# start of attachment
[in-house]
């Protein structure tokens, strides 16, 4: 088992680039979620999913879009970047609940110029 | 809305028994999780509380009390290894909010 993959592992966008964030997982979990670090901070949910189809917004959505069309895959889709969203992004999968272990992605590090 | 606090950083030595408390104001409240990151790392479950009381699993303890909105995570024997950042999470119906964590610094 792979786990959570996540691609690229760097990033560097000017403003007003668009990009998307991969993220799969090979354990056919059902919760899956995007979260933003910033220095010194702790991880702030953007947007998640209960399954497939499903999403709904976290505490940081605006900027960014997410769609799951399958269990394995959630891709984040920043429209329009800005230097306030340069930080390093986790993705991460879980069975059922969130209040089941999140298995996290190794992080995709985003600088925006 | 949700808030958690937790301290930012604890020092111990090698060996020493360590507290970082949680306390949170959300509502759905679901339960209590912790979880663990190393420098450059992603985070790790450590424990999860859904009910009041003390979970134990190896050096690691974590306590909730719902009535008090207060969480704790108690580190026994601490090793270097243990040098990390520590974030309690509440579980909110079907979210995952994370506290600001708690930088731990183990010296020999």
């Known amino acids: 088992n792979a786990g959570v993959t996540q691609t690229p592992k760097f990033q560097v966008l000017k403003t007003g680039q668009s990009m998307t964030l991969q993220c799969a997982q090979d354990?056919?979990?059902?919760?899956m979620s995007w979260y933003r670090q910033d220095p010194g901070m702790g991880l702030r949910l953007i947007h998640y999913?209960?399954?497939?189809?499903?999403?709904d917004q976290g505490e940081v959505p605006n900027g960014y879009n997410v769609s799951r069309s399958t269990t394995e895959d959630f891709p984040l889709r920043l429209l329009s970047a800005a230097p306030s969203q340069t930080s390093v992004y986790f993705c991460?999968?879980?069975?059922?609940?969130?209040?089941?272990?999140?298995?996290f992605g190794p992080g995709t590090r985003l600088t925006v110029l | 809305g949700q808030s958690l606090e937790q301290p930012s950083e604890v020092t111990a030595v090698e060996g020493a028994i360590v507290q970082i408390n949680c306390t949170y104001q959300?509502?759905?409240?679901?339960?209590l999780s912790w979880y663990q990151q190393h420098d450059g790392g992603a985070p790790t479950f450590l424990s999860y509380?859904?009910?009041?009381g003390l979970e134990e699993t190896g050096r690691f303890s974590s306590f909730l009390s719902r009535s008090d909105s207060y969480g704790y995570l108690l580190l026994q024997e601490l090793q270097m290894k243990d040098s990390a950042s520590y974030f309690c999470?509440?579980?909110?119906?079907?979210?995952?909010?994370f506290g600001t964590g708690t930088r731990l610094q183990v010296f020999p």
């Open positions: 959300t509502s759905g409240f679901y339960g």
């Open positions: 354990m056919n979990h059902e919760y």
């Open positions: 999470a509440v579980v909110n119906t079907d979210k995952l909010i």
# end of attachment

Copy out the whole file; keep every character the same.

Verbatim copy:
[in-house]
């Protein structure tokens, strides 16, 4: 088992680039979620999913879009970047609940110029 | 809305028994999780509380009390290894909010 993959592992966008964030997982979990670090901070949910189809917004959505069309895959889709969203992004999968272990992605590090 | 606090950083030595408390104001409240990151790392479950009381699993303890909105995570024997950042999470119906964590610094 792979786990959570996540691609690229760097990033560097000017403003007003668009990009998307991969993220799969090979354990056919059902919760899956995007979260933003910033220095010194702790991880702030953007947007998640209960399954497939499903999403709904976290505490940081605006900027960014997410769609799951399958269990394995959630891709984040920043429209329009800005230097306030340069930080390093986790993705991460879980069975059922969130209040089941999140298995996290190794992080995709985003600088925006 | 949700808030958690937790301290930012604890020092111990090698060996020493360590507290970082949680306390949170959300509502759905679901339960209590912790979880663990190393420098450059992603985070790790450590424990999860859904009910009041003390979970134990190896050096690691974590306590909730719902009535008090207060969480704790108690580190026994601490090793270097243990040098990390520590974030309690509440579980909110079907979210995952994370506290600001708690930088731990183990010296020999």
């Known amino acids: 088992n792979a786990g959570v993959t996540q691609t690229p592992k760097f990033q560097v966008l000017k403003t007003g680039q668009s990009m998307t964030l991969q993220c799969a997982q090979d354990?056919?979990?059902?919760?899956m979620s995007w979260y933003r670090q910033d220095p010194g901070m702790g991880l702030r949910l953007i947007h998640y999913?209960?399954?497939?189809?499903?999403?709904d917004q976290g505490e940081v959505p605006n900027g960014y879009n997410v769609s799951r069309s399958t269990t394995e895959d959630f891709p984040l889709r920043l429209l329009s970047a800005a230097p306030s969203q340069t930080s390093v992004y986790f993705c991460?999968?879980?069975?059922?609940?969130?209040?089941?272990?999140?298995?996290f992605g190794p992080g995709t590090r985003l600088t925006v110029l | 809305g949700q808030s958690l606090e937790q301290p930012s950083e604890v020092t111990a030595v090698e060996g020493a028994i360590v507290q970082i408390n949680c306390t949170y104001q959300?509502?759905?409240?679901?339960?209590l999780s912790w979880y663990q990151q190393h420098d450059g790392g992603a985070p790790t479950f450590l424990s999860y509380?859904?009910?009041?009381g003390l979970e134990e699993t190896g050096r690691f303890s974590s306590f909730l009390s719902r009535s008090d909105s207060y969480g704790y995570l108690l580190l026994q024997e601490l090793q270097m290894k243990d040098s990390a950042s520590y974030f309690c999470?509440?579980?909110?119906?079907?979210?995952?909010?994370f506290g600001t964590g708690t930088r731990l610094q183990v010296f020999p």
């Open positions: 959300t509502s759905g409240f679901y339960g």
């Open positions: 354990m056919n979990h059902e919760y």
């Open positions: 999470a509440v579980v909110n119906t079907d979210k995952l909010i």